History of Thessaloniki
315 B.C. Thessaloniki
founded by King Cassander of Macedonia.
The city soon becomes the commercial and cultural center of
Macedonia and of the Balkan peninsula.
168 B.C. The Romans make Thessaloniki the capital of the
Roman province of Macedonia and the Southern Balkans.
The construction of the famous Via Egnatia together with
the city's harbor contributes to Thessalonica's growth and prosperity.
395A.D. Founding of the Byzantine Empire.
Thessaloniki is proclaimed "coregent" with Constantinople.
The city takes on a Byzantine character which it has maintained
to the present day, with more (and more significant)
Byzantine monuments than any other city in Europe.
1430 Thessaloniki is occupied by the Turks.
After a period of economic and cultural stagnation,
the cily begins to exploit the reforming tendencies
of the Ottoman Empire and becomes once again a commercial
and cultural beacon for the peoples of the Balkans.
1912 Thessaloniki is liberated by the Greek army
on the feast day of its patron saint, Aghios Dimitrios.
It soon enters a new period of rapid economic and cultural growth.
1994 Thessaloniki is one of the major metropolitan centers
in the Mediterranean basin.
1997 Thessaloniki: The Cultural Capital of Europe.
Thessaloniki, which is one of the few Greek cities to have experienced constant cultural development, has continuously played a significant
both Greek and world history. For over 4000 years, from the 3rdmillenium B.C. up to the
present day, Thessaloniki has been a city which has attracted the interest of both
specialists and the general public. Visitors to the city can enjoy the combination of
aesthetic delight, historical and archaeological knowledge and natural beauty.
When king Cassander of Macedonia founded Thessaloniki in 315 B.C, on the site of the
Ancient Greek town of Therme, joining 26 townships at the head of the gulf bearing the
same name, he named the city after his wife, the half-sister of Alexander the Great. The
city subsequently gained he reputation of being "Mother of all Macedonia", a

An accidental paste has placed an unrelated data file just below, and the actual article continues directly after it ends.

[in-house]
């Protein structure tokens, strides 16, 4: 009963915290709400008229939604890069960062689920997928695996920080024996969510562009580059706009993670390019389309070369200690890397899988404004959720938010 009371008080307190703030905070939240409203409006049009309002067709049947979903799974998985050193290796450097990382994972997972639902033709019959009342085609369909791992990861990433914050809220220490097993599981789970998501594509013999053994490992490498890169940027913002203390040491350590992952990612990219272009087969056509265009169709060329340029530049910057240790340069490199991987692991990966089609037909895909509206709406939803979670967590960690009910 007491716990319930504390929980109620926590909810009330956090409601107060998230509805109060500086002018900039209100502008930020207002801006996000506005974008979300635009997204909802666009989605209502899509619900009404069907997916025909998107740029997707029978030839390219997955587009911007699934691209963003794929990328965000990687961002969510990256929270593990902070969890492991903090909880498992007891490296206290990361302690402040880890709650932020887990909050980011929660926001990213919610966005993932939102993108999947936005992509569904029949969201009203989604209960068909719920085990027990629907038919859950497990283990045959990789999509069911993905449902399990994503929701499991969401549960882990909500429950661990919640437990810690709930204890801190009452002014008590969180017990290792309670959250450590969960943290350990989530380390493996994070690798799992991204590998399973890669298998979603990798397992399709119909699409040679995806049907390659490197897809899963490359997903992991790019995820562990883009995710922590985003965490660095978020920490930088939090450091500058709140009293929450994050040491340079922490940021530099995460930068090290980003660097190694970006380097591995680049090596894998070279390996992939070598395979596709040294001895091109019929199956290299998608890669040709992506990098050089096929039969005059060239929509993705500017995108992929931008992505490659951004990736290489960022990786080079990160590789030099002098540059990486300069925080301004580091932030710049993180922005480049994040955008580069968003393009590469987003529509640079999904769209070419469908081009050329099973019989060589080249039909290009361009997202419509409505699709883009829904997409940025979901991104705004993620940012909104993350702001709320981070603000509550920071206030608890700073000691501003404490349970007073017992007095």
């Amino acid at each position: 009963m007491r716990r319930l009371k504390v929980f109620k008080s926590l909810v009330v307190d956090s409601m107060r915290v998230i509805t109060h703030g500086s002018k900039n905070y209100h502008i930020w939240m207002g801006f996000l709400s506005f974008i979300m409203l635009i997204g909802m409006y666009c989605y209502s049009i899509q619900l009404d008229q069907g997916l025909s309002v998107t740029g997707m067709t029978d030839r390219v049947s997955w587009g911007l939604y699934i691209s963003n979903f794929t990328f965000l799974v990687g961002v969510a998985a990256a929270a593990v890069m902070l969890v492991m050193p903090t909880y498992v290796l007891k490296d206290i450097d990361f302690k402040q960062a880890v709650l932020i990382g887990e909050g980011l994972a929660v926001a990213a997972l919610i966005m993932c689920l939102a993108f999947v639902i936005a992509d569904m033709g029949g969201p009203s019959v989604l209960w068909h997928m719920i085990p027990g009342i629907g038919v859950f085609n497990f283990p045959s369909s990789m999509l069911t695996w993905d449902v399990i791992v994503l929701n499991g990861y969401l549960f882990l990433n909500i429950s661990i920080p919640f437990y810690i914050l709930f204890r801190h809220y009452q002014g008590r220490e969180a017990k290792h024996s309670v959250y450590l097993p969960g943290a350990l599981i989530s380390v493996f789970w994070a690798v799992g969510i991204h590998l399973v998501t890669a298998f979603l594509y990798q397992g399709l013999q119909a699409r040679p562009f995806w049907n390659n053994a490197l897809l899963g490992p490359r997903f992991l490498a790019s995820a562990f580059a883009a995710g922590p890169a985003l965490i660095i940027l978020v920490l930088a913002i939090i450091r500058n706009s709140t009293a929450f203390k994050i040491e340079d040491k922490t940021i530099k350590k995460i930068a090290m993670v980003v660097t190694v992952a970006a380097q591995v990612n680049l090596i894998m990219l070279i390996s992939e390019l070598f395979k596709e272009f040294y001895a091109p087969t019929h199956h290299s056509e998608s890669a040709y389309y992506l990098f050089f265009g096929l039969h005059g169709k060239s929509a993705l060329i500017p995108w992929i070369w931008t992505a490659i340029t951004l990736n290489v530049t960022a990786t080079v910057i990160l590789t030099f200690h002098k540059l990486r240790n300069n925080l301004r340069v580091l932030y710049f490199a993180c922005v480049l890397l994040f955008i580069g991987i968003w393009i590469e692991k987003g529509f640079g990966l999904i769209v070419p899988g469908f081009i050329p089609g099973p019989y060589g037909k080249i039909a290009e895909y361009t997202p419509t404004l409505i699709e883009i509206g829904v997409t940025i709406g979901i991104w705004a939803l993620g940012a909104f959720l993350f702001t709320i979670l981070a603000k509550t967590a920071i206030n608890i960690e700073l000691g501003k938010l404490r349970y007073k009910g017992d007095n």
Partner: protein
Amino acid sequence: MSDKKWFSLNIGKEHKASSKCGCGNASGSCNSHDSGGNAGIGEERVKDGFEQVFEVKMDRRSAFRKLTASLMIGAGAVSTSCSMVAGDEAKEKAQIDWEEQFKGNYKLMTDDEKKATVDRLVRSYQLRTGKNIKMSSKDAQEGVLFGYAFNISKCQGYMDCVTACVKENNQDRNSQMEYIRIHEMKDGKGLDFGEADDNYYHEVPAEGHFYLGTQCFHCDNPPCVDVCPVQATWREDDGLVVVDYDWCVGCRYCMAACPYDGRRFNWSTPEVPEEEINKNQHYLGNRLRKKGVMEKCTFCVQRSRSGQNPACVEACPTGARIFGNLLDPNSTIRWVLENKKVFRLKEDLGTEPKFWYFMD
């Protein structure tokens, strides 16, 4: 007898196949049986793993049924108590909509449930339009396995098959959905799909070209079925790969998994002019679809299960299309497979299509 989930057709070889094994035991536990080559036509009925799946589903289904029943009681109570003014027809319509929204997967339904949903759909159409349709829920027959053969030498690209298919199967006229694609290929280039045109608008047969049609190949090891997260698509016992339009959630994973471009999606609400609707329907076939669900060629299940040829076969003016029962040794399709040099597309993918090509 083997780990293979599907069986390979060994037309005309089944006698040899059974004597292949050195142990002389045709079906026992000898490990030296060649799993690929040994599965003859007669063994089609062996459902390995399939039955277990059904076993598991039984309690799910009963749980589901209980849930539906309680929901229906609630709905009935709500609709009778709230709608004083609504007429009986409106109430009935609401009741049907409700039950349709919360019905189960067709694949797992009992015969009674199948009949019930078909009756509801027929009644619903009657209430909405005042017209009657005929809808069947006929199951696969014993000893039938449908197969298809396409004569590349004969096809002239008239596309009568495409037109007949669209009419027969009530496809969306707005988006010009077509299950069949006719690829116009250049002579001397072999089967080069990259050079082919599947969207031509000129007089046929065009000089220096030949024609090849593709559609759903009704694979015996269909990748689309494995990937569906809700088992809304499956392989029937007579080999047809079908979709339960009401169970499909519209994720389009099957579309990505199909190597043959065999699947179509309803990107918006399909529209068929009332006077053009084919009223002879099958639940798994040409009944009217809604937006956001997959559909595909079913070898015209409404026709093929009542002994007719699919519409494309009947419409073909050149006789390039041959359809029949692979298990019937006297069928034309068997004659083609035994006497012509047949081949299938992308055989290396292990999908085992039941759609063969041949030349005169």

commercial centre possessing connections with all the ports of the East, its own coinage
and a cultural development equal to that of the other Greek cities.
A "Free City" during the Roman era, linked to the East and the West by the
Via Egnatia(l30 B.C.) it preserved the Greek language and its ethnic integrity, developing
into the most populous city in Macedonia with the most important monuments, which continue
to adorn it.
In Thessaloniki in 50 A.D. the Apostle Paul founded the second Christian church on the
European continent and sent it his "Epistles to the Thessalonians".
Joint capital of the Byzantine Empire and cradle of the Christian faith and Greek
culture, Thessaloniki was the "eye of Europe and particularly of Greece".
Thessaloniki still preserves outstanding monuments which are characteristic of Byzantine
art from the 5th until the 14th century A.D. The artistic, intellectual and religious
influences it exerted contributed decisively to the development of the Balkan peoples, who
were converted to the Christian faith by the Thessalonian theologians Cyril and Methodius
The cult of Saint Demetrius, the city's patron saint, spread all over the Balkans.
During the long period of Turkish rule (1430-1912) and despite the terrible acts of
destruction it suffered, Thessaloniki retained its moral and ethnic strength, which the
city had inherited from its age-old culture, and after constant struggles and sacrifices
succeeded in regaining its freedom.
The capital of Macedonia, and a commercial, industrial and spiritual centre of
international importance, the modem city of Thessaloniki can satisfy the demands of any
One can get on overall picture of the history of Macedonia, and more particularly of
Thessaloniki, by visiting the Archaeological Museum; the largest in Macedonia. It has
existed in its present form since 1961, and its galleries are continuously being enriched
with finds dating from prehistoric times up to the early Christian era. The Derveni,
Sindos and Vergina galleries, with their exhibits of unrivalled artistry and importance
are famous throughout the world. The Ethnological and Folk Art Museum, which was
established in 1931 and has been running since 1947, as well as the Museum of the
Macedonian Struggle, enable the visitor to get to know the art and history of recent
times, the traditional architecture which Greek artisans spread all over the Balkans, and
the evidence of the glorious struggles which were waged for the liberation of Macedonia.
A tour of the city will also give the tourist a comprehensive picture of the city's
historic past. One should start at the castles which in their present form extend over 3
kilometers and include 6 towers. the main one of which is the White Tower - the
Thessaloniki. Then one should make one's way to the Galerius complex, which dates back to
the 4th century A.D). with the triumphal arch, the palace and the Rotunda, then to the
Ancient Roman Agora and the Odeon, and finally to the churches, magnificent
early Christian and Byzantine art.
The city of Thessaloniki today, possessing as it does the second largest and most
important port in Greece, the International Fair - which attracts commercial interest from
all over the world- and the largest university in the country, and offering cultural
events, theatres, Modern Art galleries, libraries, some of the most exclusive spores in
Greece, an immense variety of high standard recreational facilities and examples of modern
architecture, art nouveau and eclecticism, offers the visitor an exciting experience.